I have a friend who, as can often be the way of things in 2019, I’ve never met. She’s from the US, and she’s related to a lady who’s an Airbnb host and whose basement room, by some serendipitous turn of fate, became my base during my first trip to America in 2017.
In her Facebook posts, my never-met friend writes beautifully about reflection and self-compassion and the journey that life is for all of us. Last year she wrote a post about recovery, in which one line jumped out.
Stop shoulding on yourself!
She talked about the concept of “should” in the context of the things she / we / anyone “should” be able to handle, because other, “normal” people can handle it. And part of her reply is to encourage us to “stop shoulding” on ourselves.
The concept of “should” runs deep.
Should is often conditioning.
Should is often the stuff you think you should be doing, the path you think you should be following, the career arc that normal people should participate in, and the things you should be able to handle.
Should usually comes from outside.
Must, though, comes from inside.
Must is the thing we are compelled to do for no other reason that we are compelled to do it.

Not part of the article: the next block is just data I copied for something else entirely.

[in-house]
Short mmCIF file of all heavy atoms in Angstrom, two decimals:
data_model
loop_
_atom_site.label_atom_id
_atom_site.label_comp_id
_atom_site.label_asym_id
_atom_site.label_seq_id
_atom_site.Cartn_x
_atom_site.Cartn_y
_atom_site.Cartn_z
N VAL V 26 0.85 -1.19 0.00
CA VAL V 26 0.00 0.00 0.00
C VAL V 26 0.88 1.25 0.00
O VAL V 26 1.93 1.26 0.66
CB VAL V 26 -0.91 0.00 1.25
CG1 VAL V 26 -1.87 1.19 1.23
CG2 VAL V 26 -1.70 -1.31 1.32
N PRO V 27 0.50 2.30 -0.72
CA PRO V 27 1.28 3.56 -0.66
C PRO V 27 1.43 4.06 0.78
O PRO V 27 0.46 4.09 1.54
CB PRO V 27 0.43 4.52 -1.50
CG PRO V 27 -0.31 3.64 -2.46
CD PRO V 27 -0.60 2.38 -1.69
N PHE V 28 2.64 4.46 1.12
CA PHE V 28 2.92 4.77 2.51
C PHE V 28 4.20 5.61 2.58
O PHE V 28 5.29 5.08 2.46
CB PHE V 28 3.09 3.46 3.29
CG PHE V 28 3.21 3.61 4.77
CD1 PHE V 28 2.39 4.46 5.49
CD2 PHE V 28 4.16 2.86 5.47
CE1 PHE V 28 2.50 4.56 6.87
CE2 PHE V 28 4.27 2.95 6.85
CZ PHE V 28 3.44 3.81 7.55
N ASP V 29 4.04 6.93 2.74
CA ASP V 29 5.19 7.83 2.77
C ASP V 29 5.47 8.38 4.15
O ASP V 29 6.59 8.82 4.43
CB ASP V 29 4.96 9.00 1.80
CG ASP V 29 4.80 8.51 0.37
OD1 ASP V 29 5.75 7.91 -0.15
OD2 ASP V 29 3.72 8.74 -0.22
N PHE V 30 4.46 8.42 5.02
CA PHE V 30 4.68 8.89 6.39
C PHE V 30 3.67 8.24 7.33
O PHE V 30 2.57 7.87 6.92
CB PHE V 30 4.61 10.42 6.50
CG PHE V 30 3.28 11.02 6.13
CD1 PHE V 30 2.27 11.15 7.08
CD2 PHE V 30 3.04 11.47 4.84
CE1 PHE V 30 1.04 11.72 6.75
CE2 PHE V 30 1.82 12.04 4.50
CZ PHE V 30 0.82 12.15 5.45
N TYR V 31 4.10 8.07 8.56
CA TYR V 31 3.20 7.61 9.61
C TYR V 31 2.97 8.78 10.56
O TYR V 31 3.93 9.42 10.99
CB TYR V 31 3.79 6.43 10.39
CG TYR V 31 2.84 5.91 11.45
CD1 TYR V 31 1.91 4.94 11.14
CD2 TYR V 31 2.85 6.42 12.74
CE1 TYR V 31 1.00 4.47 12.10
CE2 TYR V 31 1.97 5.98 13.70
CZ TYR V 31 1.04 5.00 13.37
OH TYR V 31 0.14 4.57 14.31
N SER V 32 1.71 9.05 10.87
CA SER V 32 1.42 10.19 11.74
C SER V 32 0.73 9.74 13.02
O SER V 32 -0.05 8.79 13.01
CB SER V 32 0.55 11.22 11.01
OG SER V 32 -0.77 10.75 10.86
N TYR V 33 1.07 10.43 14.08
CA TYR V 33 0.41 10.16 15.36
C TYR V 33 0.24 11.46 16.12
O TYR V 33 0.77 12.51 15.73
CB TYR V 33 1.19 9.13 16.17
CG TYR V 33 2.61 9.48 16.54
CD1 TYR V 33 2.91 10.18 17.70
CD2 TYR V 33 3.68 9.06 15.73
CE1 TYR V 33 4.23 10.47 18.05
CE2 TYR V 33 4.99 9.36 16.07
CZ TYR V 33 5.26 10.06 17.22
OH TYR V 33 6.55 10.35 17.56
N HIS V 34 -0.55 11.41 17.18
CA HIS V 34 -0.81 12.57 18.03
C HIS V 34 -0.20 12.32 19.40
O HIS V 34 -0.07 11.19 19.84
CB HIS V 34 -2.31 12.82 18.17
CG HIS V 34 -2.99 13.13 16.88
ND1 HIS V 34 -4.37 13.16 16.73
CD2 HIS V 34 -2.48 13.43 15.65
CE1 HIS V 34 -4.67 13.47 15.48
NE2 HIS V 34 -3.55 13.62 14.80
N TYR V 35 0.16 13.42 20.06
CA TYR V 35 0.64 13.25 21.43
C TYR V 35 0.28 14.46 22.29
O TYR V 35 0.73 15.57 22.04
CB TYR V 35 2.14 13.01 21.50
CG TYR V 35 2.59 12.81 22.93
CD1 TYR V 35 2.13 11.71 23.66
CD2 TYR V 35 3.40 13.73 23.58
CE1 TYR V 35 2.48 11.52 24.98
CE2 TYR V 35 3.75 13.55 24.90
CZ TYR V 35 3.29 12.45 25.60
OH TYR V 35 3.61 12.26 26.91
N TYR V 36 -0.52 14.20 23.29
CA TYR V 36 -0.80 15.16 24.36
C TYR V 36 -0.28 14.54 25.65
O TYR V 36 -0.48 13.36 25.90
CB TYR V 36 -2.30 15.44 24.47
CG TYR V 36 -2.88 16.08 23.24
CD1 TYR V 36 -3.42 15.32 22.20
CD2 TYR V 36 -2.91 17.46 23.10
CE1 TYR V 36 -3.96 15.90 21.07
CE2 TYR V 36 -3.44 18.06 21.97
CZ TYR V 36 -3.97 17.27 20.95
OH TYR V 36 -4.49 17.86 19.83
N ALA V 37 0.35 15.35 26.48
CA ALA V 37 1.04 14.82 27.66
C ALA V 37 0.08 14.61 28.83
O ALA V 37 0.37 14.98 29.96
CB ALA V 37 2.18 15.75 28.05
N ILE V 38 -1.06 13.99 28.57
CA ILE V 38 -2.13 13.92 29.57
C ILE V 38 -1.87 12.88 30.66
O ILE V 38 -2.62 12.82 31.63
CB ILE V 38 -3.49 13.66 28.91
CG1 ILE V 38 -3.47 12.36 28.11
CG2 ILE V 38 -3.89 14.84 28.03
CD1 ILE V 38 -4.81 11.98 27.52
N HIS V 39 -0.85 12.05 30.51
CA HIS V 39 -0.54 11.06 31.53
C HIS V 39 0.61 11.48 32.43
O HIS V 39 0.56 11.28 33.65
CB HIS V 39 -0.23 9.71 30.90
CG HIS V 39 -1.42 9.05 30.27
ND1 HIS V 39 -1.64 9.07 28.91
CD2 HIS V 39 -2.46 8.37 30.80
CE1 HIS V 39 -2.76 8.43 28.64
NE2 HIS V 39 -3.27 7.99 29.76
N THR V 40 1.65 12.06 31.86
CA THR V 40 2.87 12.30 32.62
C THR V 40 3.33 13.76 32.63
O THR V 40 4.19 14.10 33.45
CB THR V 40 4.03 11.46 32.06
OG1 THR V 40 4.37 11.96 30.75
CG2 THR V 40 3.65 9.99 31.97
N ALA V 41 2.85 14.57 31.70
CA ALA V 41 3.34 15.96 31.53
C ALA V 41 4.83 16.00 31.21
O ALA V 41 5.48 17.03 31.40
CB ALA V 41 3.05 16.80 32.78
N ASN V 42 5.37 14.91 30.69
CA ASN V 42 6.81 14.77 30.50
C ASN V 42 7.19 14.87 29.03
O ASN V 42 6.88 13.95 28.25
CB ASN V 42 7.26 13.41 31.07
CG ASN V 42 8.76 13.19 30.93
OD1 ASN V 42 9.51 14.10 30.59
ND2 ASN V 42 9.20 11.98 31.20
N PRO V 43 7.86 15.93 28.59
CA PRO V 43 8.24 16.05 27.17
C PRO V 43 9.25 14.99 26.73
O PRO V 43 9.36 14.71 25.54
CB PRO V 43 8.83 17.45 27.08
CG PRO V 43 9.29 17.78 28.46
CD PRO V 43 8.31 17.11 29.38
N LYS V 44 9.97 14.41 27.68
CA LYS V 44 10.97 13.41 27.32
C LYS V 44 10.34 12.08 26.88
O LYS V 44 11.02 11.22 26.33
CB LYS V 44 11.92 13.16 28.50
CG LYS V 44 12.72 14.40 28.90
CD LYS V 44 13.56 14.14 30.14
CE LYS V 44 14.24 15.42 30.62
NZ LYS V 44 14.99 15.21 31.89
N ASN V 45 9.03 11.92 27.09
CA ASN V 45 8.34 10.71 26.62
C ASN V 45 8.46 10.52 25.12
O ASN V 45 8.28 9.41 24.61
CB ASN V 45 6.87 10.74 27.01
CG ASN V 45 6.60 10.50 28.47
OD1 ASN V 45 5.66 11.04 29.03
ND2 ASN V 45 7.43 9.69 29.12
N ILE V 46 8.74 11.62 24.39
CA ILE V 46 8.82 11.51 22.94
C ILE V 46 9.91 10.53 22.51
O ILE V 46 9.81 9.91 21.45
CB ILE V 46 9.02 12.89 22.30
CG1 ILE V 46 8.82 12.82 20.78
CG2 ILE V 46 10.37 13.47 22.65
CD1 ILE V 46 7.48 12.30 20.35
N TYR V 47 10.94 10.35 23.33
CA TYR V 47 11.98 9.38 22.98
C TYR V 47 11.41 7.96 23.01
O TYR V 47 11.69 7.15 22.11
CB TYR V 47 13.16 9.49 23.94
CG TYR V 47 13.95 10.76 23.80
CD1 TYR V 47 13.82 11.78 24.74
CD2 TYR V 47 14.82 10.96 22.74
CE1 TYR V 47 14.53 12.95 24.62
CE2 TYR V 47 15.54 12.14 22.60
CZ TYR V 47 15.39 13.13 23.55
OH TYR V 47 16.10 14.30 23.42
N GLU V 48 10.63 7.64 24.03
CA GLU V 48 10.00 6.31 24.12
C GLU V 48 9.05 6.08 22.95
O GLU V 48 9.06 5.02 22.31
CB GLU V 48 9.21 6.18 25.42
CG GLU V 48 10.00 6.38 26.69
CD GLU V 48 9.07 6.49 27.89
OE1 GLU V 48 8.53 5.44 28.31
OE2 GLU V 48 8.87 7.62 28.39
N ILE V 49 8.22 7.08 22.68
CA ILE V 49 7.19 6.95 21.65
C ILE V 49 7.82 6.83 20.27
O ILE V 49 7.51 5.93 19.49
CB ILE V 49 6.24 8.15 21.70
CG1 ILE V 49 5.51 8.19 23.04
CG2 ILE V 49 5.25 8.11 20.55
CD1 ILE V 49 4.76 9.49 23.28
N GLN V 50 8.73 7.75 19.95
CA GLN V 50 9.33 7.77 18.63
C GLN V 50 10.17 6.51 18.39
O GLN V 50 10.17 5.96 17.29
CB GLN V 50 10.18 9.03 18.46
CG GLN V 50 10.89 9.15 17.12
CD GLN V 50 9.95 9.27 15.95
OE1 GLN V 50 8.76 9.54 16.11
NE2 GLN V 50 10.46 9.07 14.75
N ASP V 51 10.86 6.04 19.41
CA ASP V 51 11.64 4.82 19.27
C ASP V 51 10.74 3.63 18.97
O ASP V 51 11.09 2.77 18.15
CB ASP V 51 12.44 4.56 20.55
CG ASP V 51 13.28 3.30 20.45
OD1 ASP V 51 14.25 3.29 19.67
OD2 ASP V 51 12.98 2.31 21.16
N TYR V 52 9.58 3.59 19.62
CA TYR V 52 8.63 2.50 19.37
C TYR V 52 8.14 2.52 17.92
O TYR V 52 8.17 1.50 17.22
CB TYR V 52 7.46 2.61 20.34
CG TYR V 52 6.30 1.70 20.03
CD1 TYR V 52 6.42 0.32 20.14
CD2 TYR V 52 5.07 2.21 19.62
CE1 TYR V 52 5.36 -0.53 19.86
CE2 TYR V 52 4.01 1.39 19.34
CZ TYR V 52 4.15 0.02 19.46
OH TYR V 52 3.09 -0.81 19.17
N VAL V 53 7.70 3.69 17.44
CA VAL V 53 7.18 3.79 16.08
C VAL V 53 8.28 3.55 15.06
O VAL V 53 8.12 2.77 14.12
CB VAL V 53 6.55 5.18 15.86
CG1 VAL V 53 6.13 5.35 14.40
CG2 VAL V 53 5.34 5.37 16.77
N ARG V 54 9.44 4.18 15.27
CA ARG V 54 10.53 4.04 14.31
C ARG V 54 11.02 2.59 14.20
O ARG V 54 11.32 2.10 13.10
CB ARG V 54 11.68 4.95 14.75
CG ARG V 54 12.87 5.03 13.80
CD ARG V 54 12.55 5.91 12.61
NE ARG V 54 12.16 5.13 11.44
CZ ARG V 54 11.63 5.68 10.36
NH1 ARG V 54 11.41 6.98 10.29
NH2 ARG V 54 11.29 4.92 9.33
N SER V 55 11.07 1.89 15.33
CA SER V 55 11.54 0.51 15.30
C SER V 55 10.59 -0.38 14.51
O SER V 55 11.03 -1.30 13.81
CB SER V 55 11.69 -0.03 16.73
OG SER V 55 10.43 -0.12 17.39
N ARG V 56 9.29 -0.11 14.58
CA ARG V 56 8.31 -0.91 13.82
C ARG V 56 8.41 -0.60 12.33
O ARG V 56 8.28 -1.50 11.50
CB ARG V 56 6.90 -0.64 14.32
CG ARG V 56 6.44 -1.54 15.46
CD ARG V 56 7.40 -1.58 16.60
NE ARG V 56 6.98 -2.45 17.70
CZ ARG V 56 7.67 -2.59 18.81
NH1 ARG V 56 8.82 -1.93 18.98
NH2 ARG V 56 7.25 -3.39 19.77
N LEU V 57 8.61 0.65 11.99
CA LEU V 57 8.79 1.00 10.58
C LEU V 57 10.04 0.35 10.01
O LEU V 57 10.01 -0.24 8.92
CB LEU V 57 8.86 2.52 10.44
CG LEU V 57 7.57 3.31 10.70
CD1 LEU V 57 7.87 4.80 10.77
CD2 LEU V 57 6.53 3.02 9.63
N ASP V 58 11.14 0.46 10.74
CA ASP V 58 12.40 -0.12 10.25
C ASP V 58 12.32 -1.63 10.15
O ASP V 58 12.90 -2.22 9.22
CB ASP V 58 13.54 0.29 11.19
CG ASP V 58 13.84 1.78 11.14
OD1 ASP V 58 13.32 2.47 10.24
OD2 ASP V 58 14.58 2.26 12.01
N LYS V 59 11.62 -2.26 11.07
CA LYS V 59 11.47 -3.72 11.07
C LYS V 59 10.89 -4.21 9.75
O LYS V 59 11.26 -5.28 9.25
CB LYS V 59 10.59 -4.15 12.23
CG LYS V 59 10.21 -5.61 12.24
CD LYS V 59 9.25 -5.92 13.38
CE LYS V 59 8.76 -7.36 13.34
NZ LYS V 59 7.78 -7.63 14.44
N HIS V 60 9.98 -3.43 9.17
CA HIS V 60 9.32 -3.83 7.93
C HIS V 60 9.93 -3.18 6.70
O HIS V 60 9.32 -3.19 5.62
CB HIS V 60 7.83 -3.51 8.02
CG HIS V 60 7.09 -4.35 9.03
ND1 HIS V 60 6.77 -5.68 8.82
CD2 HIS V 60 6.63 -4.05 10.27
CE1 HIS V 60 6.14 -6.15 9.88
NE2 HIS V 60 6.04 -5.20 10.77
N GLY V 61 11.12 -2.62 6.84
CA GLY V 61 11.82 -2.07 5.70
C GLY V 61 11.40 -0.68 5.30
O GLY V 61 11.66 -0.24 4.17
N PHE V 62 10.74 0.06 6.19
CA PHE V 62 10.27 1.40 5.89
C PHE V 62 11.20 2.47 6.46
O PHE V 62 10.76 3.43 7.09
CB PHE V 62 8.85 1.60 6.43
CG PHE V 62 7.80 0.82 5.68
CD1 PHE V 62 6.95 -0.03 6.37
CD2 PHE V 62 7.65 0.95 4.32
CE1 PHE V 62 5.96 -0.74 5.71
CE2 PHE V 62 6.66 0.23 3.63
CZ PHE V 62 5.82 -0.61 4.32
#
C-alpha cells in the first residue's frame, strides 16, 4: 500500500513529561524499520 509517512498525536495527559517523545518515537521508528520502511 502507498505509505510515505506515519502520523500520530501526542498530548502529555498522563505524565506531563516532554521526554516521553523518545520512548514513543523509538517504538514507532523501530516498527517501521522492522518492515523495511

Must is the thing we are born to do.
Must is hard, because it forces us to make choices and decisions that don’t tally with the expectation others have of us, and very likely the expectation we have come to have of ourselves. Must is hard, because it can feel lonely, and as humans we will do almost anything not to feel lonely.
Should is hard for a different reason, because it doesn’t feel natural and it can force us out of alignment with the things that add up to make us us. Should, when we push through it, can feel like a grind. Must, when we give in, can feel like flow.
The road from should to must is not easy, and it’s not quick.
It takes time.
It takes us removing the endless distractions (alcohol, drugs, sex, porn, Netflix…) for just long enough that we can reflect on our true selves.
It takes us listening to our true selves when we reflect, to our thoughts and feelings and emotions and desires and dreams.
And it takes us accepting fully what we find when we listen.
The road from should to must can take years or decades or the rest of our lives.
It starts with being honest with ourselves, with an intention to bring our inner and outer lives into something close to alignment, with one decision to do something small for no other reason than it gives us joy, and with full acceptance that we deserve to experience that joy.
It starts with us, and no-one outside of us.
And it can start today, right here, right now.